The Integrated Sachs–Wolfe (ISW) effect is concerned primarily with the study of the Cosmic Background Microwave Radiation (CMBR), but seems to demonstrate that photons passing through voids suffer a net energy loss resulting in redshift, or can be blueshifted passing through high-density regions.

If a photon traveled long enough through alternating high and low density regions of space, can we assume that (depending upon the total ratio of density to void in all the regions traversed) our photon might well accumulate a substantial net gravitational redshift or blueshift after traveling a vast distance?


1 Answer 1


The (late time) ISW is caused by the evolution of cosmic structures as photons of the cosmic microwave background traverse them on their way to our detectors. It may cause a redshift or blueshift with respect to the redshift predicted for a homogeneous expanding universe.

A bit more detail: If a photon "falls" into a potential well, its frequency and energy increase. But as it exits the potential well it loses the same amount of energy. In a similar way, if a photon crosses a "void", it loses and then gains energy.

However, if the universe contains dark energy (the ISW does not work in a flat universe containing just matter) and is expanding, then the structures the photons traverse are evolving with cosmic time such that the process is asymmetric. A potential well is "smeared out" a little by the expansion, and the photon does not lose as much energy exiting, as it gained on entering. Ditto for a void, but in reverse.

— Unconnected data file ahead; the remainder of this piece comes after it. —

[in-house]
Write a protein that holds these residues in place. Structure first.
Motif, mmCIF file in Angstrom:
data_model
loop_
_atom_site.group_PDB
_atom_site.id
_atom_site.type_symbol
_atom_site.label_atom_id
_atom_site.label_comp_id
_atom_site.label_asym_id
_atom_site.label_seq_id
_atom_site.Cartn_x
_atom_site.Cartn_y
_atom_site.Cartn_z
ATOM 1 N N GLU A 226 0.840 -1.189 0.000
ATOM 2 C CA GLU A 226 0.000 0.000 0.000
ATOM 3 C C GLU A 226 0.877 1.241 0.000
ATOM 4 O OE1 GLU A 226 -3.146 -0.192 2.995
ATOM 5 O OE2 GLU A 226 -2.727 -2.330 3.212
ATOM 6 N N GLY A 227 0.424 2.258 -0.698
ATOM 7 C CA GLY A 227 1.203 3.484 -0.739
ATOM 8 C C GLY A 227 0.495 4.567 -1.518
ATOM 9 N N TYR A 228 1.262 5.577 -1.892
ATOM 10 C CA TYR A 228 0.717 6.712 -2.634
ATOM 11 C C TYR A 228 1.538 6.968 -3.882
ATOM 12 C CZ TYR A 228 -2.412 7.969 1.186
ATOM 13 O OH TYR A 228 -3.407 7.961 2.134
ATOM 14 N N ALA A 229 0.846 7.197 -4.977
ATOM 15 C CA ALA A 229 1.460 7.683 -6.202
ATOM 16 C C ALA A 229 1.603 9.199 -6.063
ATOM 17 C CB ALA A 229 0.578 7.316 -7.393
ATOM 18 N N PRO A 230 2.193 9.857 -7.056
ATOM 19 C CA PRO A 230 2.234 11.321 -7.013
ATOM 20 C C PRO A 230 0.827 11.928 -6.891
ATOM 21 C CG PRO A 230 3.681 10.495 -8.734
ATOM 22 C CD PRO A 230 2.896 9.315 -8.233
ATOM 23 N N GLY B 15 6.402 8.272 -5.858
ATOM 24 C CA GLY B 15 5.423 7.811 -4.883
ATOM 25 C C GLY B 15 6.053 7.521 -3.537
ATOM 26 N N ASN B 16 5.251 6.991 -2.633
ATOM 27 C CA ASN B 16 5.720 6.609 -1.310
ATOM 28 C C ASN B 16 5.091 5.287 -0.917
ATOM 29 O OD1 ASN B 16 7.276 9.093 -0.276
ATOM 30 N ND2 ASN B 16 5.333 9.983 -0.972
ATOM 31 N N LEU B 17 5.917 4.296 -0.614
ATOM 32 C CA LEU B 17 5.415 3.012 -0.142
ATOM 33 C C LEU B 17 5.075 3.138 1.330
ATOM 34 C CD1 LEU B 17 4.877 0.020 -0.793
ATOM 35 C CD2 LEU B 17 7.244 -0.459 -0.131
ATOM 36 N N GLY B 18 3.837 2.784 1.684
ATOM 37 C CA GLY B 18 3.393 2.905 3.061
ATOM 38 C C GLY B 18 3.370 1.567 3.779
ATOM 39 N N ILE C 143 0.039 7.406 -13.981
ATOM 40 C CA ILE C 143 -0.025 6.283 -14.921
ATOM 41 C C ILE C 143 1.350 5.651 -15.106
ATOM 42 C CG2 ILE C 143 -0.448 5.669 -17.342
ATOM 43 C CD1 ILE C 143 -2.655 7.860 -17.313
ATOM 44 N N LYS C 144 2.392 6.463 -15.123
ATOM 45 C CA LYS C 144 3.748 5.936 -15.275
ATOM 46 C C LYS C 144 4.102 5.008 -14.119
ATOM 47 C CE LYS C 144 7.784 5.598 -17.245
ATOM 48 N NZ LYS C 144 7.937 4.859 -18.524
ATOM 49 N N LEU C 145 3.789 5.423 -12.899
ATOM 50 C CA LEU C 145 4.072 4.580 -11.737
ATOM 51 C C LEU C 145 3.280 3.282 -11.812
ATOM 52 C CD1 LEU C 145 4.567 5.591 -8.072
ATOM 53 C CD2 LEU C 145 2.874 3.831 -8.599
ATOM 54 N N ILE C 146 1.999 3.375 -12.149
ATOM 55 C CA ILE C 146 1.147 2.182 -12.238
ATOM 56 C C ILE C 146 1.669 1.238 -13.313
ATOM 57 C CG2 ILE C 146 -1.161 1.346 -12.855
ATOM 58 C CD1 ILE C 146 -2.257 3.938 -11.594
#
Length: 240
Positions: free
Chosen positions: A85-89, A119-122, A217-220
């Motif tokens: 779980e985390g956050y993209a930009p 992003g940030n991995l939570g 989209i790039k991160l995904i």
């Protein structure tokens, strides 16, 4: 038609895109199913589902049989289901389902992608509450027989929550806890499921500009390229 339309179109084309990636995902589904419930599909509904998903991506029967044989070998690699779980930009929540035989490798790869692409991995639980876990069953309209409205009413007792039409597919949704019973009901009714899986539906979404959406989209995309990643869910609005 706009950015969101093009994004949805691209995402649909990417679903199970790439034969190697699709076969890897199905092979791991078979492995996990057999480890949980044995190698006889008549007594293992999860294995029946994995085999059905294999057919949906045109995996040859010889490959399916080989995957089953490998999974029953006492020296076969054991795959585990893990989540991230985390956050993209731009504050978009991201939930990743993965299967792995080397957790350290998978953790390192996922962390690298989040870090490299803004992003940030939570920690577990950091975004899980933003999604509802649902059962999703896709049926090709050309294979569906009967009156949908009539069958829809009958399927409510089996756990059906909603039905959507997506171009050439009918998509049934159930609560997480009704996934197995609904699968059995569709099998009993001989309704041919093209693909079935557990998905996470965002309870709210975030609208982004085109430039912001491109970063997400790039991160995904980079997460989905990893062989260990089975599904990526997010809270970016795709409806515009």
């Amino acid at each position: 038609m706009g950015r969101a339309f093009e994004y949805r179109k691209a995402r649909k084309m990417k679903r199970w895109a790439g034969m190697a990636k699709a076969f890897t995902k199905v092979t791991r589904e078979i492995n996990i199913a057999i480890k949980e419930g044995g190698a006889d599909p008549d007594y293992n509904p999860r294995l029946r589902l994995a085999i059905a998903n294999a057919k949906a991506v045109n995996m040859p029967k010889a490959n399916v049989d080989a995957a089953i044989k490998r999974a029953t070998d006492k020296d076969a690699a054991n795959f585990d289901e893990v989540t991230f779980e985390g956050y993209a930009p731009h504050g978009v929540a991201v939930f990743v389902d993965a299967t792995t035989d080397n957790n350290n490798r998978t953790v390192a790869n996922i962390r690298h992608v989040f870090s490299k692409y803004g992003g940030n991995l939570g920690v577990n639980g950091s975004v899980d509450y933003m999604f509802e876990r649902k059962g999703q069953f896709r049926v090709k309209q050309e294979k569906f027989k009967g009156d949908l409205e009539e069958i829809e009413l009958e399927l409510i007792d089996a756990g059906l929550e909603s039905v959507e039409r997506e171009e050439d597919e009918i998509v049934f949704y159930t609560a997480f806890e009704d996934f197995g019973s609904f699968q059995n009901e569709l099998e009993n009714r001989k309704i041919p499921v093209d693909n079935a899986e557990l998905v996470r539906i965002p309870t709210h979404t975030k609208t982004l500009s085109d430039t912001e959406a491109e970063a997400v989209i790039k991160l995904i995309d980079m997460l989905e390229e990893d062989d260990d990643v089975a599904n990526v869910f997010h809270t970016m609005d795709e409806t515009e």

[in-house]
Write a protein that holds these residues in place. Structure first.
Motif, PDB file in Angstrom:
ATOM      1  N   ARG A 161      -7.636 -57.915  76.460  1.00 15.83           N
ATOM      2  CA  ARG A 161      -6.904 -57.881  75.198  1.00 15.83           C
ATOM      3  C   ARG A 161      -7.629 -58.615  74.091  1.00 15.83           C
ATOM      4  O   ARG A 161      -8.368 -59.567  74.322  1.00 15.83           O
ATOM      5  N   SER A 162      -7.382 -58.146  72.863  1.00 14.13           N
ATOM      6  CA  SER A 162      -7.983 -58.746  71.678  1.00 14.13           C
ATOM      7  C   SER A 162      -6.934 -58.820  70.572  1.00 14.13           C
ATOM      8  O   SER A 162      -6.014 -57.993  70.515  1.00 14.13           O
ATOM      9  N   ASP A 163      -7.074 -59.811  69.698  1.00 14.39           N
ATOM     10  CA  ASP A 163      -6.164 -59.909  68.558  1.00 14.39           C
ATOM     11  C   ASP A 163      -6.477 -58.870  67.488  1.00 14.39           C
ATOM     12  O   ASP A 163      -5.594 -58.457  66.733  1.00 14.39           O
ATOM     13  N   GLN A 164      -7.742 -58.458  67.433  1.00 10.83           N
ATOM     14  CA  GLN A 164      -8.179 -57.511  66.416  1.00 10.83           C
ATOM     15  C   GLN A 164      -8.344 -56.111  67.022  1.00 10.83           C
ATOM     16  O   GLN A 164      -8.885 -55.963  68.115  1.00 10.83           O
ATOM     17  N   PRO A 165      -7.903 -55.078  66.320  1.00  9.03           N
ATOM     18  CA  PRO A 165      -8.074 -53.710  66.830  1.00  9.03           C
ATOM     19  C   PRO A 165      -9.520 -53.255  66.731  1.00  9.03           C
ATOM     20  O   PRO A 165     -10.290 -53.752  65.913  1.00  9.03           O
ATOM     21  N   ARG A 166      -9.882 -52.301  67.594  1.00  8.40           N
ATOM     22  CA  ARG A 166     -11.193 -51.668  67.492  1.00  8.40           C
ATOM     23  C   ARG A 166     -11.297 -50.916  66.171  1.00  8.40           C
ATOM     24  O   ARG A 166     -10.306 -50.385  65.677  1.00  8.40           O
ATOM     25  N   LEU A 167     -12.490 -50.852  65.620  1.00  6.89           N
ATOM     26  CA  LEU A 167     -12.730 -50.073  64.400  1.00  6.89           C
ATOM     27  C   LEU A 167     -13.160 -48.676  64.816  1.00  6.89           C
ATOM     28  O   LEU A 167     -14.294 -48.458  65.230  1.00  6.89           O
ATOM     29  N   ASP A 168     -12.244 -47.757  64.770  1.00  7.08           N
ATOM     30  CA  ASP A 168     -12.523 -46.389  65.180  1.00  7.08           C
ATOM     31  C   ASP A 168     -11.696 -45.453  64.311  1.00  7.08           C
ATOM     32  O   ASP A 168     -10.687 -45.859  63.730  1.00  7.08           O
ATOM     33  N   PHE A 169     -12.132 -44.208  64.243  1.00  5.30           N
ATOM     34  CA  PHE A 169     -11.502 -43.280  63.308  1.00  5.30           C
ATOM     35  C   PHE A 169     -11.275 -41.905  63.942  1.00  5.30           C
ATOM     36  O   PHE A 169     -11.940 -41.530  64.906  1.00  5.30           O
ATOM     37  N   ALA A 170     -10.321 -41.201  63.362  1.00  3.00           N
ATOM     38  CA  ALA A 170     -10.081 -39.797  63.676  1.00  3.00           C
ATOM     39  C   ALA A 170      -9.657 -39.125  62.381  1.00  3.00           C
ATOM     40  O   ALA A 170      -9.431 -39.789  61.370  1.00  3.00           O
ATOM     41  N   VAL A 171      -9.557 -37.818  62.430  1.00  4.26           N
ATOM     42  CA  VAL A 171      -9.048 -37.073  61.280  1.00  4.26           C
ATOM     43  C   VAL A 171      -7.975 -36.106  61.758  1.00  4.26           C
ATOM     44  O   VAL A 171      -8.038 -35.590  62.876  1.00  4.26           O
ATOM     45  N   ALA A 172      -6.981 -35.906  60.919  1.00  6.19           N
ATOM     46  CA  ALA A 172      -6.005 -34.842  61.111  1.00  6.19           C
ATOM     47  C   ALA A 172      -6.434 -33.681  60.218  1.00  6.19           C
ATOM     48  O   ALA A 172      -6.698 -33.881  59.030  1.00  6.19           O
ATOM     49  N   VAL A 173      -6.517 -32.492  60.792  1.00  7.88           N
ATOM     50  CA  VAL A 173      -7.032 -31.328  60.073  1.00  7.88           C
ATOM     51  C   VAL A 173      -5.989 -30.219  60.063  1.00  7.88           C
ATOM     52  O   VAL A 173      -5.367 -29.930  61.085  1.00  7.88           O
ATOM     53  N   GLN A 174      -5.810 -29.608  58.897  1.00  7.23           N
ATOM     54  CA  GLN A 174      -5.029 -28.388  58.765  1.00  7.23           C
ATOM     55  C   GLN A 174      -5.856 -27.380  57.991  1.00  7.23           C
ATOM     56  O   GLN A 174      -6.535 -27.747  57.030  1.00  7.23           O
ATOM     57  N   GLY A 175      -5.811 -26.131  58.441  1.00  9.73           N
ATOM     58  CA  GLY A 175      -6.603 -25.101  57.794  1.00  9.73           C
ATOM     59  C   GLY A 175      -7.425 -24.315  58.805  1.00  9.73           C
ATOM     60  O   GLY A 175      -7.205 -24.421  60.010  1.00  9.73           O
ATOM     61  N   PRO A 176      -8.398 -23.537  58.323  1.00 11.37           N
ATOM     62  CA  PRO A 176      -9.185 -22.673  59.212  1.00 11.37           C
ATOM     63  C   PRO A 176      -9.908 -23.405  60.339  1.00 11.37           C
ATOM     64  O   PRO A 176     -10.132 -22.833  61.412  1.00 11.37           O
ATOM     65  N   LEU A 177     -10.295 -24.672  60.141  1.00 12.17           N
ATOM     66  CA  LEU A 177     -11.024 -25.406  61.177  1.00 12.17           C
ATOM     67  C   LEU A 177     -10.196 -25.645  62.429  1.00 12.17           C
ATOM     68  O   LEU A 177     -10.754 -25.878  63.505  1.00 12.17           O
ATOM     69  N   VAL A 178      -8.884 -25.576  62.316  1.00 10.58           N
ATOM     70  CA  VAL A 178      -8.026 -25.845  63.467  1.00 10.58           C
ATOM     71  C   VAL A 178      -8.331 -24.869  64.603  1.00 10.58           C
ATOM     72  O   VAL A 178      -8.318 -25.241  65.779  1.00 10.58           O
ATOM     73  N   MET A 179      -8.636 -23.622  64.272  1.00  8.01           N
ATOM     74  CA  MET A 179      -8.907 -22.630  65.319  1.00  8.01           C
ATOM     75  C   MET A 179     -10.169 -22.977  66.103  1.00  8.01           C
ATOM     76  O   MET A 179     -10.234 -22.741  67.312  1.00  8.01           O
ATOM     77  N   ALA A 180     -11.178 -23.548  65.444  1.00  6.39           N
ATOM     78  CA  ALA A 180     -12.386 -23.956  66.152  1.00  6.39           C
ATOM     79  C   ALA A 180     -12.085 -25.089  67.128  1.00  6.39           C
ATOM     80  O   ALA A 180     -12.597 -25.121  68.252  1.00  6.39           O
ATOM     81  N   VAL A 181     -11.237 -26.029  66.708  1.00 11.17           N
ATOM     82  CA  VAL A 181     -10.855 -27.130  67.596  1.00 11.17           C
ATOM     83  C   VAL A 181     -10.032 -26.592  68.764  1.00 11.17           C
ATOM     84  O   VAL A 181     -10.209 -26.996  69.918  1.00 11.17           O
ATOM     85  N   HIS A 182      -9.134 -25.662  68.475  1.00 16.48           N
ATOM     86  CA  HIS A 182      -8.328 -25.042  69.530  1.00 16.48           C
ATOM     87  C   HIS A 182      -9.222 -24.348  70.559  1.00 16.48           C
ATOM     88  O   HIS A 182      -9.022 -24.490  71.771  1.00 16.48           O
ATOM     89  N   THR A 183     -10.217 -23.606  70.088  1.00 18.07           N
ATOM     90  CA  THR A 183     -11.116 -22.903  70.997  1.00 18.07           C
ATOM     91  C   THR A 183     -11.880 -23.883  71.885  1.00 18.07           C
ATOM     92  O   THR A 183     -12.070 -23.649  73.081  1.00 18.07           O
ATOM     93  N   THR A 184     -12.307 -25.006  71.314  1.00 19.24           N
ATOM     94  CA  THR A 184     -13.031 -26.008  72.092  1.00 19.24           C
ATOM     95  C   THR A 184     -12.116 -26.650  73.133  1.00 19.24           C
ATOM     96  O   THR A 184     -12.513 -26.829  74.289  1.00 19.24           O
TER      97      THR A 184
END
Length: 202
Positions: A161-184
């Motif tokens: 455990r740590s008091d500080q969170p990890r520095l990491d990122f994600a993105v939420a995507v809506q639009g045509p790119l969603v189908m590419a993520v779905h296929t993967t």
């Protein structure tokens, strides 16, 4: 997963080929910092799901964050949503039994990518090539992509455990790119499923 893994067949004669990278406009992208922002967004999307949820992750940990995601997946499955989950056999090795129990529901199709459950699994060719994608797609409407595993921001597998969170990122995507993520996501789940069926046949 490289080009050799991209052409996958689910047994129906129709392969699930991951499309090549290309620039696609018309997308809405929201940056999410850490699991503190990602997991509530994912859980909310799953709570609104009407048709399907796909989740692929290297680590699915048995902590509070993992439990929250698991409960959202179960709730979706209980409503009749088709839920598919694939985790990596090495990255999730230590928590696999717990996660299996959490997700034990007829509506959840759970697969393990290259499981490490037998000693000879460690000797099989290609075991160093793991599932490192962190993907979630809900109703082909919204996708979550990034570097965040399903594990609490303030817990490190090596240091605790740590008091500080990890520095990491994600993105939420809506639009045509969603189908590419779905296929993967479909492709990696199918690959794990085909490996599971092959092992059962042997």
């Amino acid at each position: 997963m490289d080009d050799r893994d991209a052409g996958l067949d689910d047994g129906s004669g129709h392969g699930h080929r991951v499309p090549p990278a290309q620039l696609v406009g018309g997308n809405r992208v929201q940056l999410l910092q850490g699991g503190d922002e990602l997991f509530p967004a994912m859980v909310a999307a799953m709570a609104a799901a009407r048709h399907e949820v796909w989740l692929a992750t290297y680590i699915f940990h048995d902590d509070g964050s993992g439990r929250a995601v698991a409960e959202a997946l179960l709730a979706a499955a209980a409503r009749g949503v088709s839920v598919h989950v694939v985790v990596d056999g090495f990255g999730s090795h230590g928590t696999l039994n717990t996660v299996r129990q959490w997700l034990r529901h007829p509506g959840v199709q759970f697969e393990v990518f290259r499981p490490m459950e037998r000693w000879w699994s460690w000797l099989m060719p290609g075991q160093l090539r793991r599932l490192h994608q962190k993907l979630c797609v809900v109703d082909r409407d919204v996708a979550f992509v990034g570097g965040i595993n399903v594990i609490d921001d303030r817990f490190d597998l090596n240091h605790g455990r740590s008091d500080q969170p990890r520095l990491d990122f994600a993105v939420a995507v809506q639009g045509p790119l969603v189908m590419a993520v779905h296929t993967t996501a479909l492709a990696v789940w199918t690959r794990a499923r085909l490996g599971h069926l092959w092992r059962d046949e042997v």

The net effect is small blue- and redshifts (of order 1 part in 100,000 at low spatial frequencies) with respect to the overall redshift you would expect anyway from the cosmic expansion of a homogeneous universe. These shifts are expected to be correlated with the cosmic structures in the same line of sight. The ISW has been detected (albeit with low significance) for the past decade, by cross-correlating CMB spatial variations with catalogues that map out the large scale cosmic structure (e.g. high redshift radio galaxy catalogues). See Nishizawa (2014) for a review.


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